The Bush campaign had hired an out-of-state company to make about 200,000 “advocacy” calls to voters. After McCain’s criticism, the campaign released the script of those calls. The script said Bush was “working hard and stressing his message of reform with results.” It went on to say, “Unfortunately, the race has turned ugly,” and urged listeners, “Don’t be misled by McCain’s negative tactics.” It ended with more positive words about Bush. There was no mention of cheats or liars or frauds.
Nearly a week after McCain’s initial accusations, the Los Angeles Times looked into the matter. The paper found voters who had received the “advocacy” calls, but none who had received a call like the one described by Duren. “The McCain campaign has provided the names of only six voters complaining about calls from the Bush side,” the paper said. Of the voters the Times’s reporters could reach, “three described questions that, while negative, appear to have been part of a legitimate poll. Another said she heard no negative information at all.” The paper found no one who supported Duren’s accusation.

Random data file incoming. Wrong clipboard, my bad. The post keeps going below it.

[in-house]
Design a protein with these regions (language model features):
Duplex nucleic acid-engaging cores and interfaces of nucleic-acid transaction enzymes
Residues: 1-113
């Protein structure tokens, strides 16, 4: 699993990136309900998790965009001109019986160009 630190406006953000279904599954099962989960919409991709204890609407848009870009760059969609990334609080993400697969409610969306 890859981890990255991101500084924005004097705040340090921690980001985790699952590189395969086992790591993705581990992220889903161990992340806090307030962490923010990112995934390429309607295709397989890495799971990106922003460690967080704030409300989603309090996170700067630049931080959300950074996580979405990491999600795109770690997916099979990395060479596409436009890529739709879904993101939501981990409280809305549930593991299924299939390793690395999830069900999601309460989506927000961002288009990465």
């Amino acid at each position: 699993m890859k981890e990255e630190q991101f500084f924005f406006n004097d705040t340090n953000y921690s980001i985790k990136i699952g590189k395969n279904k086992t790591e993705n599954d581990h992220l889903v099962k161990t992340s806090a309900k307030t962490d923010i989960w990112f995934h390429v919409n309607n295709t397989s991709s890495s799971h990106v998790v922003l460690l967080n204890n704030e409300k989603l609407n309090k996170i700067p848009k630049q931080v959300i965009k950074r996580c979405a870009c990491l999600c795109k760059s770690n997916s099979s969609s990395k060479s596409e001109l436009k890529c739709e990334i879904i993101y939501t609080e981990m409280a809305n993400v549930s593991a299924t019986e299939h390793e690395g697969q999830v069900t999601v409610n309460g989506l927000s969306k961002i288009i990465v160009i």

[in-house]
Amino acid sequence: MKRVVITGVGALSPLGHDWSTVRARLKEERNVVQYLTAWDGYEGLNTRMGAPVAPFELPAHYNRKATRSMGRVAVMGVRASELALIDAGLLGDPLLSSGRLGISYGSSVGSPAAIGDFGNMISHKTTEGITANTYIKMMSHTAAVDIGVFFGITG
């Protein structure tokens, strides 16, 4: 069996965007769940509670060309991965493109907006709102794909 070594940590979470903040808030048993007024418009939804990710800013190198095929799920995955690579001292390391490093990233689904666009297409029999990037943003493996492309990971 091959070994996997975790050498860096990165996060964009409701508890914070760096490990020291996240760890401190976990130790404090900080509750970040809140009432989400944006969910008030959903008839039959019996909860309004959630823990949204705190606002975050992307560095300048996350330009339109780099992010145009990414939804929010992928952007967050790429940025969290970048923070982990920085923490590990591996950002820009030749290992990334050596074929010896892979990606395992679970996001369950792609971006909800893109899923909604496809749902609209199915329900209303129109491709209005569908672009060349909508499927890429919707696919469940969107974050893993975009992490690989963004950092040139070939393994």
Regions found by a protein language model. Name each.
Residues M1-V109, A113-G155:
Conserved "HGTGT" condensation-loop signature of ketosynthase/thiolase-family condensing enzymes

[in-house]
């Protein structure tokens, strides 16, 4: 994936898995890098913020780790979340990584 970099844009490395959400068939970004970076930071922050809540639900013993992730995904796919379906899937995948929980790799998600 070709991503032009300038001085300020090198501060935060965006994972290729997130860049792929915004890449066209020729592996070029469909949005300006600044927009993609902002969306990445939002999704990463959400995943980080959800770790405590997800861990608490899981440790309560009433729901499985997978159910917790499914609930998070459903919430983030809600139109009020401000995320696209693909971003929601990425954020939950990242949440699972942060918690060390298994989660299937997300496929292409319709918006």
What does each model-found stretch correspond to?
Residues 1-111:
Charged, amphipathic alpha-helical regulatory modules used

The lack of evidence, while not proof that the call story was untrue, is nevertheless telling. Republican strategists point out that in controversies over mass callings, there has almost always been a tape of the calls, usually made by the answering machines of voters who received them. When Pat Robertson made a negative call on Bush’s behalf in Michigan, for example, the story ended up on the front page of the New York Times, because someone had a tape of it. Likewise, when the McCain campaign made its infamous anti-Bush “Catholic voter alert” calls in Michigan, there was taped evidence. But there was no such evidence of the “cheat/liar/fraud” calls.
“If those calls took place, then where is the tape?” asks one GOP strategist. “You can’t make more than five phone calls and not have it end up on somebody’s answering machine. They’ve never been able to produce the individual who made the calls, they’ve never been able to produce the phone vendor who made the calls, and they’ve never been able to produce a script or a tape recording.”